Successfully reported this slideshow.
We use your LinkedIn profile and activity data to personalize ads and to show you more relevant ads. You can change your ad preferences anytime.

Final - Bosch Rexroth Ergonomics White Paper

1,170 views

Published on

  • Login to see the comments

  • Be the first to like this

Final - Bosch Rexroth Ergonomics White Paper

  1. 1. Factory Ergonomics A study into the impact of ergonomics on productivity, quality and employee health
  2. 2. Foreword Every year more than 7.5 million working days are lost to British industry due to more than one million people being affected by musculoskeletal disorders with poorly designed work areas often cited as a key cause*. The cost to the British economy is enormous, circa £5.7 billion per annum*. And yet, ergonomics, posture, workstation design and their impact on employee health remain far down the list of priorities for industry when a new factory is being designed or a new production line is being commissioned. On the factory floor, humans come into close contact with machinery, from simple hand tools through to sophisticated machine tools. Ergonomics is the study of this human interaction with the different environments we encounter in our daily lives. The truth of the matter is ergonomics can have a direct impact on the bottom line. Poor posture, overreaching for tools and inadequate lighting, amongst a host of other issues, can lead to back pain, workplace stress and repetitive strain injury. All of this results in lost time, reduced productivity, poor employee health, low morale and higher costs. What’s more, poor ergonomics can have a direct impact on product quality. If an operator on an assembly line is stretching to use a hand tool and a bolt is fastened at an angle, greater stress is placed on these elements, potentially leading to failure and a reputation for inferior product quality. Unfortunately, despite all the evidence to the contrary, ergonomics in the workplace is still regarded in many quarters as being over-bearing and dictatorial. A reassessment of this position is long overdue. Whilst greater automation can lead to increased efficiency, humans remain the most versatile component in a manufacturing process. This guide is designed to offer production engineers, and those responsible for employee health in manufacturing environments, an overview of the key factors that must be taken into account when incorporating an ergonomic solution into the workplace. At the end of the day, if employees are truly our most valuable resource, manufacturers must do everything in their power to keep them fit, healthy and productive. Ross Townshend – Expert in manual production systems at Bosch Rexroth What is ergonomics? An ergonomic workstation facilitates work and maintains good health. Its aim is to increase motivation and satisfaction, higher performance, efficiency and processing quality, as well as fewer absences due to illness. What is the benefit from ergonomics? Ergonomics will provide you with valuable benefits in the form of higher productivity, increased efficiency, and a decisive edge over the competition – thus ensuring lasting success for your company. We can support you with this and provide valuable suggestions. One example is the eight key rules of ergonomics, covering the most essential aspects of EN ISO 6385. This will help you methodically plan and implement ergonomic workstations and flow racks as well as taking employee size, tasks, and lighting into account. *Health and Safety Executive report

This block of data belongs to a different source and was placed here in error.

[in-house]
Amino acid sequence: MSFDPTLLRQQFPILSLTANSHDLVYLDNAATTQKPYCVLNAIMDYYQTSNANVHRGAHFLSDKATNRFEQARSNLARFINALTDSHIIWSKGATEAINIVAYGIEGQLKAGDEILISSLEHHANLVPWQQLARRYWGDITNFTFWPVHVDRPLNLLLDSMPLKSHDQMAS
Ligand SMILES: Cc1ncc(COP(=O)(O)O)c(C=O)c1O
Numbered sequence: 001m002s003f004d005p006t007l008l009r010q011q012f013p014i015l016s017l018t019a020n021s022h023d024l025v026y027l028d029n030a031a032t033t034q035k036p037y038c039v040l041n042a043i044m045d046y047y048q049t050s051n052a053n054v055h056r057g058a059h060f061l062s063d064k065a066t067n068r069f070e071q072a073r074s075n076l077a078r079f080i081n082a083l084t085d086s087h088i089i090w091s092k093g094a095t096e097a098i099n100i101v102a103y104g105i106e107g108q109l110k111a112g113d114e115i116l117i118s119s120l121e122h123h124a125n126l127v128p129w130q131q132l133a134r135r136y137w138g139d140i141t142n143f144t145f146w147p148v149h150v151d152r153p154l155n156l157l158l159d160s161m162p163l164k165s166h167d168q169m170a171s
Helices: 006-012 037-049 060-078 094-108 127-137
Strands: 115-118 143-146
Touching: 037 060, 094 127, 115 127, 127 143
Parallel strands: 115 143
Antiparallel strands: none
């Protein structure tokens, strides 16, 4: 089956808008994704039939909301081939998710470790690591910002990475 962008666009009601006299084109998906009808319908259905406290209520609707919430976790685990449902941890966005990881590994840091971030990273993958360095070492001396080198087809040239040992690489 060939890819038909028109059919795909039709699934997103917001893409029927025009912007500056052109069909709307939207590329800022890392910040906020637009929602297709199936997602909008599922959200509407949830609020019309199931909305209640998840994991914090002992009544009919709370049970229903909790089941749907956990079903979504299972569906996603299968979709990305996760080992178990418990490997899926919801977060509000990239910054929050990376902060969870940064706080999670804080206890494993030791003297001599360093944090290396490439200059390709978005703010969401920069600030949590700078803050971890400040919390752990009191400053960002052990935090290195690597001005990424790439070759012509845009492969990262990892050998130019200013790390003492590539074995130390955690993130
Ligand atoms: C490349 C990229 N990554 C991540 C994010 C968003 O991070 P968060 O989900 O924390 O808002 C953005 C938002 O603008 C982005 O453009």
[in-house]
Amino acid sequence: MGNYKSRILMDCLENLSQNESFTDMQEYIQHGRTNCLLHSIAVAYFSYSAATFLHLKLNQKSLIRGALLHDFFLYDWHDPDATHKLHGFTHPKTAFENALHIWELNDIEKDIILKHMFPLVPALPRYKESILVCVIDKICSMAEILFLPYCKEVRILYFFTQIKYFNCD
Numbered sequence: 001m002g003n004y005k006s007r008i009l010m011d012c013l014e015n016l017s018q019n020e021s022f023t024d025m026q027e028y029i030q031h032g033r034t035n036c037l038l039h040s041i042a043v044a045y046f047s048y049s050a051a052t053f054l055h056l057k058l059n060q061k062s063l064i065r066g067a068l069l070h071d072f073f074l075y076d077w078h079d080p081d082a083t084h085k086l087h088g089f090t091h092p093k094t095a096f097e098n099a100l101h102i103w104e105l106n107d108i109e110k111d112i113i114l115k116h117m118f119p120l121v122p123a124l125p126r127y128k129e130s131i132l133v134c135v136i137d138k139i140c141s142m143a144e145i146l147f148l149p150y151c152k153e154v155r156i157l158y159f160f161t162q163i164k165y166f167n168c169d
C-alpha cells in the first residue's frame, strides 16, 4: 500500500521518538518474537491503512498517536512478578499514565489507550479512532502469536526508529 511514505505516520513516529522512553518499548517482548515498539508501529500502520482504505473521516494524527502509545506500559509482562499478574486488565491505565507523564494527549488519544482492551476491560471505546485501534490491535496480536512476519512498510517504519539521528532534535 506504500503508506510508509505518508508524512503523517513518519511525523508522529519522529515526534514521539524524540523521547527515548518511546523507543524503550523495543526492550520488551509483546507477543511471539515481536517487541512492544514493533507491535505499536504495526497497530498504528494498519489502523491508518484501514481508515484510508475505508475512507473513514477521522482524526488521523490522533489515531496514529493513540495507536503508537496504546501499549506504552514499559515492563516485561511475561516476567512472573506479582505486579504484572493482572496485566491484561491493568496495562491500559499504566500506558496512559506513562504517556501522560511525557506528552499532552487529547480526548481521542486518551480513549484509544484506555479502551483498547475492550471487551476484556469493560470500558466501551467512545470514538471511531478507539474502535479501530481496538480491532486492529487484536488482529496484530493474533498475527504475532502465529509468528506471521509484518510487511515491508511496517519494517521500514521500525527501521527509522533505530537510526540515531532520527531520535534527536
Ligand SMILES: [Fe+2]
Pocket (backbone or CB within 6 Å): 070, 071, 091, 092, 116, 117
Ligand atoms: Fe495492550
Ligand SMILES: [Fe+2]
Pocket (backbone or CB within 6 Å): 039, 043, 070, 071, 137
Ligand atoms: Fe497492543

3. 3. The eight rules of ergonomics for work systems 1. Body height and working height 2. Work area 3. Reach zone 4. Parts presentation 5. Range of vision 6. Lighting 7. Adjustment of work equipment 8. Planning and design tools